"The people who were responsible for the hiring will have to describe exactly what they did. An interview is not just talk and intuition," Curtis says. "A trained interviewer knows how to read an application and ask tough questions."

Shared liabilities
   Policies on reference letters can create additional risks because many companies will provide only the most basic information on a former employee.

    "But getting at least this basic information is important to spot gaps in employment and confirm the job titles for previously held positions," Pointer says. "And for some occupations, employers have an affirmative duty to inform a prospective employer about any negative conduct or behaviors."

    In addition to reviewing reference letters, Pointer recommends that HR staff should attempt to talk to the candidate’s former supervisors.

    "Sometimes they will be forthcoming," she says. "When you talk to them, you not only learn what they say and--equally important--what they don’t say, but you can also note the tone and the nuance of the conversation."

    HR should keep written records of the phone calls, including the names and dates and any follow-ups based on the discussion. The key is to document all elements of the screening effort. Pointer also recommends that employers request official transcripts directly from the schools so they can verify the degrees earned and check for time gaps.

    The liability for a previous employer is generally limited if that employer has a clear policy that it will only release a limited amount of information, Ballmer says.

    "The real question is what the prospective employer asks, not what the previous employer reports," Ballmer says. "It is important to record all attempts to gain information and any results."

    Curtis notes, however, that the extent of a previous employer’s duty to reveal information about a former employee is now a developing area of law.

    "For example, if an employee was fired after multiple incidents of sexual harassment, and the former employer fails to reveal this information in a reference, that employer could share some liability for the employee’s unlawful behavior in the new workplace," he says. "This is the next wave in negligent hiring lawsuits."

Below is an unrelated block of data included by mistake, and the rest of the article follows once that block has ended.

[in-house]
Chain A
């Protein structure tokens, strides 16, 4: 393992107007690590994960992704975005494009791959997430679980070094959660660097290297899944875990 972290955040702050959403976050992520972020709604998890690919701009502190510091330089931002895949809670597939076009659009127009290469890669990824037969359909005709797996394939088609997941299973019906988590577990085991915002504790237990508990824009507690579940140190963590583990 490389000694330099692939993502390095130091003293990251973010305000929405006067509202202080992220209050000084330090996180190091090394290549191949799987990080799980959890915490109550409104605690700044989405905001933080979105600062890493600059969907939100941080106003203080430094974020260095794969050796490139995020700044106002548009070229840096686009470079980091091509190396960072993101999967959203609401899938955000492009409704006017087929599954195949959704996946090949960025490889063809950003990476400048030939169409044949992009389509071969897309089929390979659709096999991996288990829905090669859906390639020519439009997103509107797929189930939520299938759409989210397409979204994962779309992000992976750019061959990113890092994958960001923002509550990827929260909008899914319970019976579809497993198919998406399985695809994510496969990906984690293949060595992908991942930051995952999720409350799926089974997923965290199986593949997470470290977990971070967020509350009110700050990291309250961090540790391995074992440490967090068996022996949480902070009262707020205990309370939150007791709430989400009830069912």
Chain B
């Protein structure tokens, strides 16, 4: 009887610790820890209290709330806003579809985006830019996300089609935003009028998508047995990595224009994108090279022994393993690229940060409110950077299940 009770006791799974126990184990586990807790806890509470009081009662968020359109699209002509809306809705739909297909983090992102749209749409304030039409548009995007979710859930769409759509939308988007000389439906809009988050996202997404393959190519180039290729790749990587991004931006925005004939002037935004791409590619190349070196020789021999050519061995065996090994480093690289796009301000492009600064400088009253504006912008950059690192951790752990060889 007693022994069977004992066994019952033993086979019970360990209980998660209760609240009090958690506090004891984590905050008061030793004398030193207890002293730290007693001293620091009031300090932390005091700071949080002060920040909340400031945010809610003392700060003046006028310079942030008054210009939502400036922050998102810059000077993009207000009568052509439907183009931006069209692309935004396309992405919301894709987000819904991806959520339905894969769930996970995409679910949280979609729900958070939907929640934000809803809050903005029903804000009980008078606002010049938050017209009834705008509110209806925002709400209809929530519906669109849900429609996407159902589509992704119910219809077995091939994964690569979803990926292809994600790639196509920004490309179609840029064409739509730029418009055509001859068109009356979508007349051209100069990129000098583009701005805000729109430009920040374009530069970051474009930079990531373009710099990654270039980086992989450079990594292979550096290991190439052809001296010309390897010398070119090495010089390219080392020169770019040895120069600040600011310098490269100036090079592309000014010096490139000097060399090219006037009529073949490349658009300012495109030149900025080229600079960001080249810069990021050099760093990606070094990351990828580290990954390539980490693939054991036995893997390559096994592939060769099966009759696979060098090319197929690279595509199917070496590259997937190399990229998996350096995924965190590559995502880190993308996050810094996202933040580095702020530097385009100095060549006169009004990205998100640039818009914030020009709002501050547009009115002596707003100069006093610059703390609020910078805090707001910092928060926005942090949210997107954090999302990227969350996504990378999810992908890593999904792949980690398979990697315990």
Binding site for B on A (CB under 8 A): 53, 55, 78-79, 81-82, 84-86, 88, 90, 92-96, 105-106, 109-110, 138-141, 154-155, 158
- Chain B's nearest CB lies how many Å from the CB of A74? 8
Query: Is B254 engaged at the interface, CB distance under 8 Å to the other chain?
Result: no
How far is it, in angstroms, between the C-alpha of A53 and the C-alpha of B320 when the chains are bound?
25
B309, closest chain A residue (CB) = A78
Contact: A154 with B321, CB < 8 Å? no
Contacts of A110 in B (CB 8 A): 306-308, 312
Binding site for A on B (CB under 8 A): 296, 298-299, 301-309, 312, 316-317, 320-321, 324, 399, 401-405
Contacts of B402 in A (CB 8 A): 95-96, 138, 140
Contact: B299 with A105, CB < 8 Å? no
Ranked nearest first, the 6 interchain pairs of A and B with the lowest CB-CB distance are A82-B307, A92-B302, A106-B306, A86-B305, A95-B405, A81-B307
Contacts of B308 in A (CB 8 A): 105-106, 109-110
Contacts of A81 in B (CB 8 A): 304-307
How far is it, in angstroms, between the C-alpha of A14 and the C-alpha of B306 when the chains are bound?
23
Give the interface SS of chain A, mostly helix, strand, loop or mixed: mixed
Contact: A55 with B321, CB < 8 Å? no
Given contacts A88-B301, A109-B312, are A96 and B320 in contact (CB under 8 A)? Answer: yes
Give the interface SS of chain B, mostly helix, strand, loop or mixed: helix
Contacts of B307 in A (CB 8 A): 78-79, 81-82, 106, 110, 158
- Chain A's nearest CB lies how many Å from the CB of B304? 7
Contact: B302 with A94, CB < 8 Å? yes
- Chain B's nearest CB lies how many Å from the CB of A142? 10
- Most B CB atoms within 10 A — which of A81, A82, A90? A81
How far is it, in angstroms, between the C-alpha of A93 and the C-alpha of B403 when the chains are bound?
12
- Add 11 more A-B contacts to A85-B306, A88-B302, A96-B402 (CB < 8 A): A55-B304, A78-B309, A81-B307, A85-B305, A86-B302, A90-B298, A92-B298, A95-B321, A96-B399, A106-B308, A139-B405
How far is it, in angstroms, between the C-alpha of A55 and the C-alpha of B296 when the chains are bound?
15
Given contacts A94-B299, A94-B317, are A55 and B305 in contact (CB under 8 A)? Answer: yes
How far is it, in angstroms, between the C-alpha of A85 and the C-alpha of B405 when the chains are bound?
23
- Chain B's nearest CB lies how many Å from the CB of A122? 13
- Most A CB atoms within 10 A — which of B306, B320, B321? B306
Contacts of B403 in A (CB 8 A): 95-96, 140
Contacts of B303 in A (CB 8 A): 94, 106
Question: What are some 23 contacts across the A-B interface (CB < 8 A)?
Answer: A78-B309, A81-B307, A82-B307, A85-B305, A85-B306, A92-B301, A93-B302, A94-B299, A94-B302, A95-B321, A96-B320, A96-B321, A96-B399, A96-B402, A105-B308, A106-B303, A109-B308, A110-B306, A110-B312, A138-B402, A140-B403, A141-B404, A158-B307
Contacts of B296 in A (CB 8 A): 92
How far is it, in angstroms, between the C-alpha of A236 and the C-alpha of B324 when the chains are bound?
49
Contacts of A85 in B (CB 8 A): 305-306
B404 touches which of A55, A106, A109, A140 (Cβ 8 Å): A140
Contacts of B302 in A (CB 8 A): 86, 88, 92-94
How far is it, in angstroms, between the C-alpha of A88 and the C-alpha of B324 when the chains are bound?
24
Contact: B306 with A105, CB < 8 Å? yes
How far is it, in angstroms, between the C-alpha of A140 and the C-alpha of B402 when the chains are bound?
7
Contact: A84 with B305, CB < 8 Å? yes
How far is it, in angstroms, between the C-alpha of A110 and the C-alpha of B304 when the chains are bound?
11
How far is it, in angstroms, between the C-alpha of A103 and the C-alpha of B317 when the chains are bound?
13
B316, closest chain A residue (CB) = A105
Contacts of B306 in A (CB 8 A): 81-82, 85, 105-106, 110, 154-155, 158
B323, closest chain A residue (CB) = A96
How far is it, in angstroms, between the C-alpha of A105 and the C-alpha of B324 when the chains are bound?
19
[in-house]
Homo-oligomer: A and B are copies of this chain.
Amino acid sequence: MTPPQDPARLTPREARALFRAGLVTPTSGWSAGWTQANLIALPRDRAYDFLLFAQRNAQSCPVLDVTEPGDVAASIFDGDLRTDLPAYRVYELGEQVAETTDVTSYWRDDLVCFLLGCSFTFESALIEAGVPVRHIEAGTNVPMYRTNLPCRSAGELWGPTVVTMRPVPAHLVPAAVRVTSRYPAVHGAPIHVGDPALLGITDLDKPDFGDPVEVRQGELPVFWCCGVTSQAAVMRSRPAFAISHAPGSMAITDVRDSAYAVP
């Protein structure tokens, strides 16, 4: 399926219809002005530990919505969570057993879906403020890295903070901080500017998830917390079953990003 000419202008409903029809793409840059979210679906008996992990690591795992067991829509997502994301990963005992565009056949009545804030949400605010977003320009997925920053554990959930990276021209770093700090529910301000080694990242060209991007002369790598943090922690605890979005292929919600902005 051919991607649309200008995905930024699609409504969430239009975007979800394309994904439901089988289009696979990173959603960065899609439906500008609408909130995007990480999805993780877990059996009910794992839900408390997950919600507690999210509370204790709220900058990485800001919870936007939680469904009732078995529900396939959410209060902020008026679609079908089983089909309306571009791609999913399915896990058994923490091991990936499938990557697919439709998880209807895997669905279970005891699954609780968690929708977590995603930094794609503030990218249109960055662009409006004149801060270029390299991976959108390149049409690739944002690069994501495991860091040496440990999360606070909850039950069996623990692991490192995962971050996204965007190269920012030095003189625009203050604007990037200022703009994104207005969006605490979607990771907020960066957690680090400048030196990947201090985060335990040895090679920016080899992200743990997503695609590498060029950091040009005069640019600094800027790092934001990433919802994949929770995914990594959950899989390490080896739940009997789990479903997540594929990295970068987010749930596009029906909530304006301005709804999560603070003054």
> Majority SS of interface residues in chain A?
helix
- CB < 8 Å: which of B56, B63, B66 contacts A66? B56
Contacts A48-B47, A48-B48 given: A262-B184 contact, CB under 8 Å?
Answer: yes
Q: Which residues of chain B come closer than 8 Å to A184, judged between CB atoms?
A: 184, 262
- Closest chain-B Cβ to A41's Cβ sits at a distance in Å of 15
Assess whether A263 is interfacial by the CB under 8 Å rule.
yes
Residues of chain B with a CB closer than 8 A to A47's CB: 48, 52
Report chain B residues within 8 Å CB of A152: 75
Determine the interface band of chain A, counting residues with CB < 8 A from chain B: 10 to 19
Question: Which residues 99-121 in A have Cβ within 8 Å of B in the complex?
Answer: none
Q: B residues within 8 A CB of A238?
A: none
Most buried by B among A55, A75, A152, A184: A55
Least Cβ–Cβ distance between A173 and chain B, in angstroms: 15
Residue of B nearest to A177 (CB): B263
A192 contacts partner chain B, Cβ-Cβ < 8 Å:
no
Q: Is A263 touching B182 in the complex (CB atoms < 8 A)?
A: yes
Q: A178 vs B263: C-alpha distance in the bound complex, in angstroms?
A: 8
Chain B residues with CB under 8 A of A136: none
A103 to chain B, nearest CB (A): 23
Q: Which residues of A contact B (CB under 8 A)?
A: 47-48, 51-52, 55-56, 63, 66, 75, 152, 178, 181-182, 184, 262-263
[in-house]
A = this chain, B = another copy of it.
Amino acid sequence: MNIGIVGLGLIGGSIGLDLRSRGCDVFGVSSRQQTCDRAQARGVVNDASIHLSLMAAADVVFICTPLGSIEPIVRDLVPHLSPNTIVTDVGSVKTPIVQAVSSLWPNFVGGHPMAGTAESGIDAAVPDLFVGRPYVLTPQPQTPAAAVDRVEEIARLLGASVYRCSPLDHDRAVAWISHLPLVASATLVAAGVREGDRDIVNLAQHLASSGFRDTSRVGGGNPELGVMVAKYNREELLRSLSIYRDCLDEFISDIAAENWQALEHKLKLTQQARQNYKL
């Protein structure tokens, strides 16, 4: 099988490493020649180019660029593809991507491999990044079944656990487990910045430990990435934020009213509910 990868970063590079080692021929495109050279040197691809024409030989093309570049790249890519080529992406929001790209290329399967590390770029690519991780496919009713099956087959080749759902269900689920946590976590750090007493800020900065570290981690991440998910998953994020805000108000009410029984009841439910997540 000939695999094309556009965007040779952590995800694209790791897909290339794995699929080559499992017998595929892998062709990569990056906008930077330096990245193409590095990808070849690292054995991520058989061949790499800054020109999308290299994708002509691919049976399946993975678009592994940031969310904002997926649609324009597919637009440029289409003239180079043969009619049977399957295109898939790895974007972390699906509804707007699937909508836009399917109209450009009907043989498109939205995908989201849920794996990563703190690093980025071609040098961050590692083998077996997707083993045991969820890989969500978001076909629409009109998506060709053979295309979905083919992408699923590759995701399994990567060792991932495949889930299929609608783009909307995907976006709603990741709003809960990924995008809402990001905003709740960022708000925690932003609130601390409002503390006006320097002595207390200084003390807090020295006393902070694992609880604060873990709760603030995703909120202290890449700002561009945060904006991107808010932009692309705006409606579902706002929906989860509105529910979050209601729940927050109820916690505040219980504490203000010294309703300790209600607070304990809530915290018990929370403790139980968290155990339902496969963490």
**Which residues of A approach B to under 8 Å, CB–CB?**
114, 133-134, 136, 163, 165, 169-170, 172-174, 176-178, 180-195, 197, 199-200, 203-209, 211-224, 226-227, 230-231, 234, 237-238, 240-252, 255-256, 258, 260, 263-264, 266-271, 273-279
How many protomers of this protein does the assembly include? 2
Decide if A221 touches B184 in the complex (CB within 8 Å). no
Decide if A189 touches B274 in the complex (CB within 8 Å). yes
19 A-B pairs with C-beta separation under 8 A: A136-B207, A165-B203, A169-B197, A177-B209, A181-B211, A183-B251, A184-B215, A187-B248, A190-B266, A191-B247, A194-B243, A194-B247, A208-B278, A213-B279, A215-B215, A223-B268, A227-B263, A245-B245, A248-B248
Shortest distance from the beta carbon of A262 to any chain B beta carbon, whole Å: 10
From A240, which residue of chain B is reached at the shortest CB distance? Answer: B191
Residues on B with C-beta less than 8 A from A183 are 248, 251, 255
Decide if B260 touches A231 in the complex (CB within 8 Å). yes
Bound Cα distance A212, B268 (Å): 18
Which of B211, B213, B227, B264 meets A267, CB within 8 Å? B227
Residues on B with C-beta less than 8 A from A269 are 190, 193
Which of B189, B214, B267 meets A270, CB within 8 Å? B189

Curtis advises employers to revisit their policies on the information they reveal in reference letters.

    "Companies are afraid of defamation lawsuits, but that position is being pierced now," he says. "There may be greater risks in withholding information."

    The prospective employer can find protection in a properly constructed waiver. The waiver should explicitly list all references requested.

    "Make sure that the waiver particularizes each employer and complies with state law," Curtis advises. "Once you’ve done that, if a previous employer refuses to release information, your liability is limited."

    Liability issues are also complicated when a third party is involved in the hiring and screening process. When a negligent hiring claim arises from the behavior of a temporary or contract employee, the employer and the employment agency may be held in joint employer status and incur joint liability, according Ballmer. When screening is outsourced, both the employer and the screening firm may be jointly liable.

    In selecting a screening vendor, the employer should ensure that the firm is complying with federal and state privacy laws. Particularly if the screening firm handles sensitive jobs, the employer needs to exercise due diligence in its investigation of the vendor.

    Recruiting and hiring staff should exercise extreme caution in screening applicants for HR positions.

    "Research indicates that some people are taking jobs in human resources and other corporate departments purely for the access they gain to other employees’ Social Security numbers and other personal information," Pointer cautions.

    Budget-stressed companies may bring in temporary workers without considering the type of information they will have access to.

    "This is a real flash point for danger," Pointer says. "Some applicants may be looking for access to trade secrets. This is a growing concern for HR executives. The point is that the downstream negative consequences of insufficient screening go well beyond the threat of a negligent hiring lawsuit."

    Too often, recruiting risks are not properly evaluated because recruiting is not a priority for operations, Curtis says.

    "In these situations, the role of the HR executive is to provide vertical education—informing the COO, CFO or CEO about the potential liability that occurs when exercising ‘reasonable care’ is not part of hiring process," Curtis says. "If the top executives understand that the threat is a verdict with a seven-figure price tag, they will pay attention."